12:26 Could you tell me a little bit more about how Asperger syndrome affects Drew personalized as a person Drew struggles with social interactions with people? He doesn't understand the normal everyday give-and-take of conversation. He's he's so bright and is very interested in British humor literature comedies. He he would focus on one particular area at the time and this is common with the people with Asperger syndrome to have a very focused special interest and only be able to talk about that special interest when he was little it was Star Wars or or Legos and then it would move to to another interest.

13:18 He he doesn't he takes things literally so he had to be very careful about how you talk to him. Because if you say I'll be there in just a minute. He expects you to be there in one minute. I think it's interesting to that part of his fascination with Star Wars extended to mythology. So he became so enamored of Mythology that he learned all his lessons and more and it was a challenge. Sometimes it's cool because he knew the mythology textbook inside now and we kind of want to take over the class from the teacher which is also common with with Asperger's Syndrome for a second. Could you just kind of hear some of the fears we had about Drew and Jesse and their Futures when they were both young and we relatively new to this diagnosis has we didn't know how long will you would have her medicine was changing and you know, we we just hope for the best and Andrew since his diagnosis evolvd we

14:17 We just didn't know we didn't know what he would be able to do. We didn't know would he be able to go to college, you know, it was very uncertain what he would be able to do but he has done so many things that we didn't think he could do. He he graduated from college. He got a degree in creative writing. He now works at the library. He's writing a book. He's going to school taking accounting. He had a girlfriend briefly he drive. So I think he's he's he's done so many things that we just didn't anticipate he would be able to do and Jesse's help has been so good because we were diligent about doing her therapy and she has kept that up now that she's on her own and her lung function.

15:17 Like a normal person because she works so hard to keep it that way or the things we did which we learn learning about other parents have learned to some other parents have done to was just going to kind of super parent mode doing all sorts of research finding things that could you describe some of the things you did we did to research CF Asperger syndrome in and move forward to go to a lot of conferences. The CF Clinic would generally hold a conference once a year with updates on research and that really helped us to know what was happening with medicine and for Drew I joined parent support groups. I went to try to go to at least one conference every year. I bought books read books and was in parent support groups, and that was very helpful, but I really had to educate myself.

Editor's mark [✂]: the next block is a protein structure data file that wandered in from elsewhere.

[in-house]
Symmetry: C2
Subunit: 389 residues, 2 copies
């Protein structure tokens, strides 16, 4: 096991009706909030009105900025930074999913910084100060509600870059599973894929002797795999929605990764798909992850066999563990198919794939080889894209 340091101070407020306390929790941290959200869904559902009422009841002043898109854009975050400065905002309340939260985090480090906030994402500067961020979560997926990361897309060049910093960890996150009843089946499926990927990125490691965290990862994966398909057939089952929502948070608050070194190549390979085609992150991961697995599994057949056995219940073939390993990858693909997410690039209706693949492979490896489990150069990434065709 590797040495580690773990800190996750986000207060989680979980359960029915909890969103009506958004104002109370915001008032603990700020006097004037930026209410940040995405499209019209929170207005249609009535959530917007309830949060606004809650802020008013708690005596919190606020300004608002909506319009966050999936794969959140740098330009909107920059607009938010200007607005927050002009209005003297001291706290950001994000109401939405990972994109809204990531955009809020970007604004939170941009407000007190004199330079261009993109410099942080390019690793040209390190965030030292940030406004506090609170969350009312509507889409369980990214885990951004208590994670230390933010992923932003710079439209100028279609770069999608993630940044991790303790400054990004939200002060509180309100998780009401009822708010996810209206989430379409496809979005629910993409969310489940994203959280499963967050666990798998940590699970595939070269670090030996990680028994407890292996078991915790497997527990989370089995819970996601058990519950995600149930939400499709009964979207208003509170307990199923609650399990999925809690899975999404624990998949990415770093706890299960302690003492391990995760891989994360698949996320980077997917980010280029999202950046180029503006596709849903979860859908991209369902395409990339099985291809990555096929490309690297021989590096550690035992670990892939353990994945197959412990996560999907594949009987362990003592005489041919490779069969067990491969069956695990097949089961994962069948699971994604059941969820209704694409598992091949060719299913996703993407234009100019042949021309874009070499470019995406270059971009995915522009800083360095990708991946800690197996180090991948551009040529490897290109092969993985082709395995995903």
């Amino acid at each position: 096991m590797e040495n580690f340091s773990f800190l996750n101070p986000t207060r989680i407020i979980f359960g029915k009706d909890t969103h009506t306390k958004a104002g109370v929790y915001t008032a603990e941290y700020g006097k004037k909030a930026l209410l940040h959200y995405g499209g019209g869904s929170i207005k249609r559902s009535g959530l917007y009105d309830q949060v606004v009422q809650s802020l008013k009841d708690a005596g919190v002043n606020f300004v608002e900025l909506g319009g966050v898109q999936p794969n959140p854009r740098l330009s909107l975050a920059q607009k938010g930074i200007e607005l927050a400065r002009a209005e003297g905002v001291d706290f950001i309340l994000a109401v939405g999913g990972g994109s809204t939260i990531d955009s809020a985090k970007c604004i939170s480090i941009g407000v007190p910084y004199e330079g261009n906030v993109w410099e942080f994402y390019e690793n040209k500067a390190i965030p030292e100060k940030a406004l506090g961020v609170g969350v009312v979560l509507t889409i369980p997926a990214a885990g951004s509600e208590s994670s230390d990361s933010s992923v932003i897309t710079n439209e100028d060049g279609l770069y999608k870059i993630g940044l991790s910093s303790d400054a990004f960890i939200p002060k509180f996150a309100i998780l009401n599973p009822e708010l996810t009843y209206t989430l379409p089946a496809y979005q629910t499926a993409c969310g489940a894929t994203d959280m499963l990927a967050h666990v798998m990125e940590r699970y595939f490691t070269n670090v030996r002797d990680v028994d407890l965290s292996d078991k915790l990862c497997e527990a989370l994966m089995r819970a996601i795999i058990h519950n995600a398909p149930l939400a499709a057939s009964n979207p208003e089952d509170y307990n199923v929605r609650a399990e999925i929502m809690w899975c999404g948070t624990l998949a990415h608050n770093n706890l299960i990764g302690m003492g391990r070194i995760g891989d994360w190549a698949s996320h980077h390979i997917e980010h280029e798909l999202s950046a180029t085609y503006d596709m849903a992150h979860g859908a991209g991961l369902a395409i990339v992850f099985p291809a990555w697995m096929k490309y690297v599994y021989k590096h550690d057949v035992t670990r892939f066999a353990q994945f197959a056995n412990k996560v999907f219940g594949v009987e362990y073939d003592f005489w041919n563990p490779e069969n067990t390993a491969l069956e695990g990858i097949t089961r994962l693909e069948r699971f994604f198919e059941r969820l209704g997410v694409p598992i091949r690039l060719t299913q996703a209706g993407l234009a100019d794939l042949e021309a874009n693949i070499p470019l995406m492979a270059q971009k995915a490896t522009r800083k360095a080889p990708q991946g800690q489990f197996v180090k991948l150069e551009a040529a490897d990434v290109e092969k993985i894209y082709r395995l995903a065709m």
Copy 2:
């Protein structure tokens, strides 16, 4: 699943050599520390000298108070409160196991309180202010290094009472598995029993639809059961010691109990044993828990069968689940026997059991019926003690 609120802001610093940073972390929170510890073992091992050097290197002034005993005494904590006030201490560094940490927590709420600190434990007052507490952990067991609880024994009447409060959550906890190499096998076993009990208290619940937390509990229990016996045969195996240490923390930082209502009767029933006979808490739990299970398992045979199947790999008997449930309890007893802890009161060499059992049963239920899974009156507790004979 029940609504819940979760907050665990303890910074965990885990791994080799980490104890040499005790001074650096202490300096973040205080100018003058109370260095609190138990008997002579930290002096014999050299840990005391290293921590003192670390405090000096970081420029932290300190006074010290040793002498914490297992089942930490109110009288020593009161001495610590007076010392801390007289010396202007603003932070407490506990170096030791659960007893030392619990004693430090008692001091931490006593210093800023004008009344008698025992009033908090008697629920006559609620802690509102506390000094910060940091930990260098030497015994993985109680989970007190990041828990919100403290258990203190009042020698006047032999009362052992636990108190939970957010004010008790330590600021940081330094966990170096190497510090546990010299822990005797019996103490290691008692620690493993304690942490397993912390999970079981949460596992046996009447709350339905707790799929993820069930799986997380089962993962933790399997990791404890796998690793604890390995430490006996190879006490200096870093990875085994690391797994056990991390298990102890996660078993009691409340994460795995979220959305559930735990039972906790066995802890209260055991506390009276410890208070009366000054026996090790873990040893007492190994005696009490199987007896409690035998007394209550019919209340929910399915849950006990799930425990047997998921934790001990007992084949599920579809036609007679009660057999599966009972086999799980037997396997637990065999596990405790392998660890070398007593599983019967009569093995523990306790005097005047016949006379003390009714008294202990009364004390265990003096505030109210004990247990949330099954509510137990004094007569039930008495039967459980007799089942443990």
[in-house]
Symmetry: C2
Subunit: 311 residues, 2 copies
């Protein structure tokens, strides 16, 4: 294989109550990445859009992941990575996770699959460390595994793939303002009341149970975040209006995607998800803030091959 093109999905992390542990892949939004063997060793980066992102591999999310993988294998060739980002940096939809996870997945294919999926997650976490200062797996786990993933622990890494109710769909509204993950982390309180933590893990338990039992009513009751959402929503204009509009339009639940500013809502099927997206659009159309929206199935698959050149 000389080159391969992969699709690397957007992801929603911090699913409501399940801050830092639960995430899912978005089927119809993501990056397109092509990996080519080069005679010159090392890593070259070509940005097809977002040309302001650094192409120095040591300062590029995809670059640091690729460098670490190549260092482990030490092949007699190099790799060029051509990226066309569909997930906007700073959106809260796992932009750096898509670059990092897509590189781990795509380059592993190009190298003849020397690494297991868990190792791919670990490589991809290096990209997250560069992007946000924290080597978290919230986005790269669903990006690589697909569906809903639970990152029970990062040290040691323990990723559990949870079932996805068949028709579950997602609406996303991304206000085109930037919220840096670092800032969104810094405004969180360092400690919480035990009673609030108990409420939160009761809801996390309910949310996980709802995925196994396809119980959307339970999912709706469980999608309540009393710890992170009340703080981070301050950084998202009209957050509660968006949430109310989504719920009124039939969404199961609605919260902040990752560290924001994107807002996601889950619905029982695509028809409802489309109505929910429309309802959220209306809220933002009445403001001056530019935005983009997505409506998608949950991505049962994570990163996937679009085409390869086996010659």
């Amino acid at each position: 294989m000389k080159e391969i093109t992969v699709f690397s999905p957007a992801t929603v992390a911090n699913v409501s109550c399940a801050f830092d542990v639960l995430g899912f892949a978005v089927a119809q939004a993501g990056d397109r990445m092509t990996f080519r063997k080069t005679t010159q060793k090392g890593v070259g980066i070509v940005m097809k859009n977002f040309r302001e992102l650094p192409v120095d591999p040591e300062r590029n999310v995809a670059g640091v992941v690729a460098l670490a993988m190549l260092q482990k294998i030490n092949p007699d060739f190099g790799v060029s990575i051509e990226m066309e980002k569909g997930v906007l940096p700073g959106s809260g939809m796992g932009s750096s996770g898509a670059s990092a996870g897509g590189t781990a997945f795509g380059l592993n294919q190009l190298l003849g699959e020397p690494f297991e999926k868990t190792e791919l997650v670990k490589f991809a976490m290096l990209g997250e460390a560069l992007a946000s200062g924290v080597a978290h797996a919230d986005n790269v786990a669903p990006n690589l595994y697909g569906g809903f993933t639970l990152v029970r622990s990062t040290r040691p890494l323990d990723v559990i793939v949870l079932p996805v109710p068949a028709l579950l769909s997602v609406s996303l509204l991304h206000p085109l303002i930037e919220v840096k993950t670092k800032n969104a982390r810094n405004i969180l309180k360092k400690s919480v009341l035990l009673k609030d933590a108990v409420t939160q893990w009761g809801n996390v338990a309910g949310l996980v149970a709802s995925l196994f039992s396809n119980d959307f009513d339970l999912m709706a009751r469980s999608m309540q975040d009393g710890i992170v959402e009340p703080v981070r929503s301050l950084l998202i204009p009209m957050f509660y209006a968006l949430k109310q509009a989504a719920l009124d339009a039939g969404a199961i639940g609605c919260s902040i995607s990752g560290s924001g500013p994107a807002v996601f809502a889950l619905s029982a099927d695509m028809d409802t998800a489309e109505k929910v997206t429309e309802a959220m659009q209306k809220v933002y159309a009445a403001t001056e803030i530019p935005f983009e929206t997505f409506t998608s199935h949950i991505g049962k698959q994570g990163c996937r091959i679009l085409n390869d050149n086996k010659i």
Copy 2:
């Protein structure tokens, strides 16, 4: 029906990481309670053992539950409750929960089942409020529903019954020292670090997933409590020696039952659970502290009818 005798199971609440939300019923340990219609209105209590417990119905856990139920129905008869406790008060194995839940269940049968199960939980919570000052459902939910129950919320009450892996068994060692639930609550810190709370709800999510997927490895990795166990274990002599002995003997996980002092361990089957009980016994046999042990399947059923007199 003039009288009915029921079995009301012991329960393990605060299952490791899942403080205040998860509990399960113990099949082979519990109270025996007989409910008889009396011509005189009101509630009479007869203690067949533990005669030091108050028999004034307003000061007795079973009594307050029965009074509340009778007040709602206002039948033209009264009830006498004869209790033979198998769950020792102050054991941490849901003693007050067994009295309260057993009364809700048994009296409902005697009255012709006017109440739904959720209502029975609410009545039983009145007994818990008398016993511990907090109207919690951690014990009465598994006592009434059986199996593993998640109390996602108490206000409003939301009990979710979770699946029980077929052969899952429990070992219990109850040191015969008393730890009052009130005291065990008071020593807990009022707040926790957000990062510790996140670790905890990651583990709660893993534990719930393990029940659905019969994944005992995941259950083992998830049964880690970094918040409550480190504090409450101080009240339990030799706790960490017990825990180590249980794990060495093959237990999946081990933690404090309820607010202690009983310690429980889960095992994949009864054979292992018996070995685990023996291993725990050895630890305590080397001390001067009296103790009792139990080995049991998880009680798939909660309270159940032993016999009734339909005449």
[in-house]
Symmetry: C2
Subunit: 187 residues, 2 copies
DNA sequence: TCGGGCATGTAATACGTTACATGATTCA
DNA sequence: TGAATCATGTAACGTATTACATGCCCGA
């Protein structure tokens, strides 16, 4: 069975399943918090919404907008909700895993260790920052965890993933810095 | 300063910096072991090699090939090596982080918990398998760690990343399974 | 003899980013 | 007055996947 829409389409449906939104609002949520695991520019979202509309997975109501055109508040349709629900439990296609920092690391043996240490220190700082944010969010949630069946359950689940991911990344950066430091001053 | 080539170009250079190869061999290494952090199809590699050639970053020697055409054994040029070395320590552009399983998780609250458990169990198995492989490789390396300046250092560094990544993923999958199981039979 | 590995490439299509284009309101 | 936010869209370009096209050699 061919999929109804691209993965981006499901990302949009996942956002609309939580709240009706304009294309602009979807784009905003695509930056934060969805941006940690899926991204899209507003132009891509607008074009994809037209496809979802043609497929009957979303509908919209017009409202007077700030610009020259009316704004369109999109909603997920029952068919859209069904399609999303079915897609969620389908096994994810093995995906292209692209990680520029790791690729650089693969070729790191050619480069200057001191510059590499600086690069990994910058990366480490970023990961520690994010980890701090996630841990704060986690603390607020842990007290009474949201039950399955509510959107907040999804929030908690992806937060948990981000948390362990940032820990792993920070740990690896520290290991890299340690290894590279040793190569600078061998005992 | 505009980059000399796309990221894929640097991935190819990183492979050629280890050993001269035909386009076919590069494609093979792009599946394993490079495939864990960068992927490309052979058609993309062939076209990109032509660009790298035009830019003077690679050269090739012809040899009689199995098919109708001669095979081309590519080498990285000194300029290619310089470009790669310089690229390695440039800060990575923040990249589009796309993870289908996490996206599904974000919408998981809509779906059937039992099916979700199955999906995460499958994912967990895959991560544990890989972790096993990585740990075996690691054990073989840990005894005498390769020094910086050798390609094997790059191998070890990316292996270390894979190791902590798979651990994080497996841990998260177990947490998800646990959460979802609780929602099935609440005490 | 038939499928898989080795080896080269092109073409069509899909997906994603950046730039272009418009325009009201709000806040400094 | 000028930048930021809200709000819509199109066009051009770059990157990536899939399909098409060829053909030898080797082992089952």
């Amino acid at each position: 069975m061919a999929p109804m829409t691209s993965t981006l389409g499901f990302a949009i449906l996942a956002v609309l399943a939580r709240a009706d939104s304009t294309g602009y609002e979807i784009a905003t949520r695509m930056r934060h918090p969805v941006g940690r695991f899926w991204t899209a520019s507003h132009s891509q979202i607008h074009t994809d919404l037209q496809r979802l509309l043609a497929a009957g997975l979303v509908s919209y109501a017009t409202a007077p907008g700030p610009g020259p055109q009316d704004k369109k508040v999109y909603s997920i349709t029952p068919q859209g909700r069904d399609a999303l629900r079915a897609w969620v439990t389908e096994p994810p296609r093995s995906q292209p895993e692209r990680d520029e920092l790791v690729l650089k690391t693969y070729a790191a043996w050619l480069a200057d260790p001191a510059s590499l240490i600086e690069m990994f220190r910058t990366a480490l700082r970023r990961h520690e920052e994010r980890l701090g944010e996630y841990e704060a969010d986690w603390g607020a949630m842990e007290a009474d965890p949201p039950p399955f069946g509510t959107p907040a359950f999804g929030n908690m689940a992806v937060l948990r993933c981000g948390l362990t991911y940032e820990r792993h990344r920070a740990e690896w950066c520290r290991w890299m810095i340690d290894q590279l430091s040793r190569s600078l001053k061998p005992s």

16:12 How do you think having cystic fibrosis has helped shape? Who Jesse is? I think it's made her a very strong determined person. She's focused on what she wants to do. She knows she has to do things in a different way and

16:32 She she organizes her life. She's a very social person and always has a group of people around her wherever she's been in school and

16:47 She's a very caring person but very concerned about the world. She's.

16:58 She's she's just a very talented special person. I'll tell a story about Jesse's determination of when she was in high school. She decided to join the marching band playing the flute. And as a freshman she went out for marching band practice for a month or so during the summer maybe two months with the band. And before the first game during one of the practices. They invited the parents to come and see everybody marching had a marching competition and in the marching competition the leader would stand there and give these instructions and people have to spend turn watch the right part of the field to do All the Right Moves and they had a competition where if you made a wrong move the director pull you out and they wanted to see who the best freshman was who best soccer was the best Junior the best senior will they started the competition with everybody? And before it was over there were two people left. Jesse is a freshman and a senior one senior and just made one small mistake, so

17:58 Came in second, but you'd be. Every freshman every software every Junior and only one senior beat her so she has and playing a wind instrument having cystic fibrosis. I mean that really it helped her lungs. So, you know it it was just a great thing for her. She started playing piano when she was about six and as we moved around we found different piano teacher she's had some wonderful piano teachers and she came to Salem College and audition for a scholarship and she got a piano scholarship. We were living in New Jersey at the time. So when she was a junior in high school, we had gotten a special therapy vest machine to help do her lung therapy, which

18:58 And we didn't have to do the Clapping on her back anymore and she could be independent. That way we know she can move away to college. So she got a scholarship to Salem College with piano and academic and

19:13 I just couldn't let her go. So we move to Winston-Salem with her.

19:20 And

19:22 And began